Results Summary

What was the research about?

People who are transgender have a gender identity that differs from the male or female sex assigned to them at birth. Some transgender people get gender-affirming therapies to change their bodies to match their gender identity. For example, they may take hormones such as estrogen or testosterone.

Gender-affirming therapies can improve mental health and quality of life for transgender adults. These improved outcomes may help transgender adults focus on other health concerns.

In this study, the research team wanted to learn if gender-affirming hormone therapy improved sexual health outcomes and symptoms of depression in transgender adults.

What were the results?

Compared with transgender patients who didn’t receive hormone therapy, those who did were less likely to have sexually transmitted infections and symptoms of depression.

Transgender adults who did and didn’t receive hormone therapy didn’t differ in:

  • Whether they filled a prescription for medicine to prevent HIV. HIV weakens the body's immune system and makes it hard for the body to fight off infections.
  • The amount of HIV in the blood being so low that a test can't detect it among patients with HIV.
  • New cases of HIV.

Who was in the study?

The study included health records for 6,330 transgender patients from 2016 to 2019. All received care at one of two clinics in Massachusetts and New York. In 2016, 86 percent took hormone therapy and 14 percent did not. Also, 7 percent of patients were living with HIV. Among patients, 63 percent were White, 20 percent Black, 8 percent were multiracial, 7 percent were Asian or Pacific Islander, and 2 percent identified as another race; 21 percent were Hispanic or Latinx. The average age was 28. Also, 47 percent were transgender female, 36 percent were transgender male, 16 percent were nonbinary, and 1 percent identified as another gender identity. In addition, 54 percent had private insurance, 42 percent had public insurance, and 4 percent didn’t have insurance.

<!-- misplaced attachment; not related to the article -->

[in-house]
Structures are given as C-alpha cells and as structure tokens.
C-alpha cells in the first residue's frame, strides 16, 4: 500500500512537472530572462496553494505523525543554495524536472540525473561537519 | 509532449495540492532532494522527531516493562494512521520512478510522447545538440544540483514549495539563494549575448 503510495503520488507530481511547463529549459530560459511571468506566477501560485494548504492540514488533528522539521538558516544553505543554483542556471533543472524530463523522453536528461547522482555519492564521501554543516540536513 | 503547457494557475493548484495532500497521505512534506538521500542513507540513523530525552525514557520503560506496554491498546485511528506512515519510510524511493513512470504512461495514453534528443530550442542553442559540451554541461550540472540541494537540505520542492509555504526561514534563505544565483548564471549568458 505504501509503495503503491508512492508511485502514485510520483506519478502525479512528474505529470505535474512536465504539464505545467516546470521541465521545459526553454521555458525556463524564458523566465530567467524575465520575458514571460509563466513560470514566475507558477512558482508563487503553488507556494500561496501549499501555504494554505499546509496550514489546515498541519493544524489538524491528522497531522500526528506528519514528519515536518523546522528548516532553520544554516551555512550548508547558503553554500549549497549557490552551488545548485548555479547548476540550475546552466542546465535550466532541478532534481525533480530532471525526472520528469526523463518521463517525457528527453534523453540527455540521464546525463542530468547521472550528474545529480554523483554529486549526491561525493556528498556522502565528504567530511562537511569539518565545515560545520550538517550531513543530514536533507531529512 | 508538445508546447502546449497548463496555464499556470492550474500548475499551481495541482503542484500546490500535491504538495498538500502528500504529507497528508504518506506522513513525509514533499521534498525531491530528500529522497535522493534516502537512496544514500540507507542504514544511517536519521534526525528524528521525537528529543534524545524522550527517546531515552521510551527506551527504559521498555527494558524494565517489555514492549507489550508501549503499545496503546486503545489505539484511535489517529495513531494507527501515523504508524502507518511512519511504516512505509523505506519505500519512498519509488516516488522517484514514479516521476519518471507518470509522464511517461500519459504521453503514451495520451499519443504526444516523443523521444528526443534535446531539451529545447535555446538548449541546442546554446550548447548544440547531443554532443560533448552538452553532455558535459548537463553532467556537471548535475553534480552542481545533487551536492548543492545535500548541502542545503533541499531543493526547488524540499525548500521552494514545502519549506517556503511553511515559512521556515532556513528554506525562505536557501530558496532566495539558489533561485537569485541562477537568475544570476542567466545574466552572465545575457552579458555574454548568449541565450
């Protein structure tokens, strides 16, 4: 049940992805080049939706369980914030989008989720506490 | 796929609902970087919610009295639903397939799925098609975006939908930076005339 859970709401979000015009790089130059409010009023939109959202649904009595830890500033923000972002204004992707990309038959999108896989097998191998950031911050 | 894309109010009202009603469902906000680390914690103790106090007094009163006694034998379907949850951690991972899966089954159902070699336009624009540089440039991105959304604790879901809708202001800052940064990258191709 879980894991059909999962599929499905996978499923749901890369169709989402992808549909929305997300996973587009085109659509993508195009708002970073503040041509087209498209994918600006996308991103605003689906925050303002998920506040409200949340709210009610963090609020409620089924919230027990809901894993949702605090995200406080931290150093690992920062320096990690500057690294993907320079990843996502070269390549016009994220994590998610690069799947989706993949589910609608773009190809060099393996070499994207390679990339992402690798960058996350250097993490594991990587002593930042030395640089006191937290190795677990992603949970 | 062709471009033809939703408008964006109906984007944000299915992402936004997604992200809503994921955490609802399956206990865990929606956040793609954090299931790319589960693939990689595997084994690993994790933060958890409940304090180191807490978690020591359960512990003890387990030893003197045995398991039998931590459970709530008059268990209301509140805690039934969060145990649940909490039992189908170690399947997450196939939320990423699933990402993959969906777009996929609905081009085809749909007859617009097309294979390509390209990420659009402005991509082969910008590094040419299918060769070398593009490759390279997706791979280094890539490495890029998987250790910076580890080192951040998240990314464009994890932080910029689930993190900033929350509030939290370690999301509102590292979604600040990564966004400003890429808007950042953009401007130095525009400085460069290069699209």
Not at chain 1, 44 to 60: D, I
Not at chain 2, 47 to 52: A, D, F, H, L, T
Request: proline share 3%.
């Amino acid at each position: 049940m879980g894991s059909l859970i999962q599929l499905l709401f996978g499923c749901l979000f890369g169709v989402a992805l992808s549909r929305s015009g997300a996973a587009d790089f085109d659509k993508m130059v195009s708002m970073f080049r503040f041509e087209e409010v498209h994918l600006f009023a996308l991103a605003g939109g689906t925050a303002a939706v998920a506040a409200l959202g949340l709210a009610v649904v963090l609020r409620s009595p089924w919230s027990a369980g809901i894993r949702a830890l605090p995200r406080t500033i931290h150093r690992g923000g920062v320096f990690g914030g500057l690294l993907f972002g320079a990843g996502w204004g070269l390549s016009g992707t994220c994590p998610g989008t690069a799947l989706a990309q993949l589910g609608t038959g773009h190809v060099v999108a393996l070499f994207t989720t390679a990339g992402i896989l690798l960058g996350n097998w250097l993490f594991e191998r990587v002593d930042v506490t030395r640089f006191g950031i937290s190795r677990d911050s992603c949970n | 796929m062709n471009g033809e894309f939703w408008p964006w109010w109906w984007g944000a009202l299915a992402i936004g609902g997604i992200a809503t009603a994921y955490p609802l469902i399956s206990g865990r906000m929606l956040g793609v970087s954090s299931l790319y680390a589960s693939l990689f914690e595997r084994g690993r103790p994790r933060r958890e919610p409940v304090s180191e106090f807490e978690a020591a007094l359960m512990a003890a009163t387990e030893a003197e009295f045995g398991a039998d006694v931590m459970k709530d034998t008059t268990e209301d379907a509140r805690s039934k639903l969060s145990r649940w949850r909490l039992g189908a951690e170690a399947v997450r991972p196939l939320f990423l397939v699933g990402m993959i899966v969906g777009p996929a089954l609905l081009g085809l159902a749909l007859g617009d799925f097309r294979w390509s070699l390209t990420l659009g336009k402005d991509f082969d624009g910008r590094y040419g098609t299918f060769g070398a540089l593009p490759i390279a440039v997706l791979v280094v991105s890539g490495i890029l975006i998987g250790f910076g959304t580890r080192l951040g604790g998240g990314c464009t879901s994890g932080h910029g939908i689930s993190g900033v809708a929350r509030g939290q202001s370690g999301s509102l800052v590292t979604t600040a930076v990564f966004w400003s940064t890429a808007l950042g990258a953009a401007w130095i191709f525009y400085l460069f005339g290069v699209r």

What did the research team do?

The research team compared health records for transgender patients who did and didn’t receive hormone therapy over three years.

Transgender adults, researchers, and clinicians, such as doctors and nurses, helped design the study.

What were the limits of the study?

The study used records from two clinics that specialized in gender-affirming therapies. Results may differ for adults receiving care at other clinics. Most patients had public or private health insurance; results may differ for adults without health insurance.

Future research could include adults who seek care at clinics that don’t focus on gender-affirming therapies. It could also include more adults without health insurance.

How can people use the results?

Clinics can use the results when considering how to improve sexual health and mental health outcomes for transgender patients.

Conflict of Interest Disclosures

Project Information

Sari L. Reisner, ScD
Brigham and Women's Hospital
Transgender Cohort Study of Gender Affirmation and HIV-related Health

Key Dates

November 2017
April 2023

Study Registration Information


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Last updated: October 18, 2023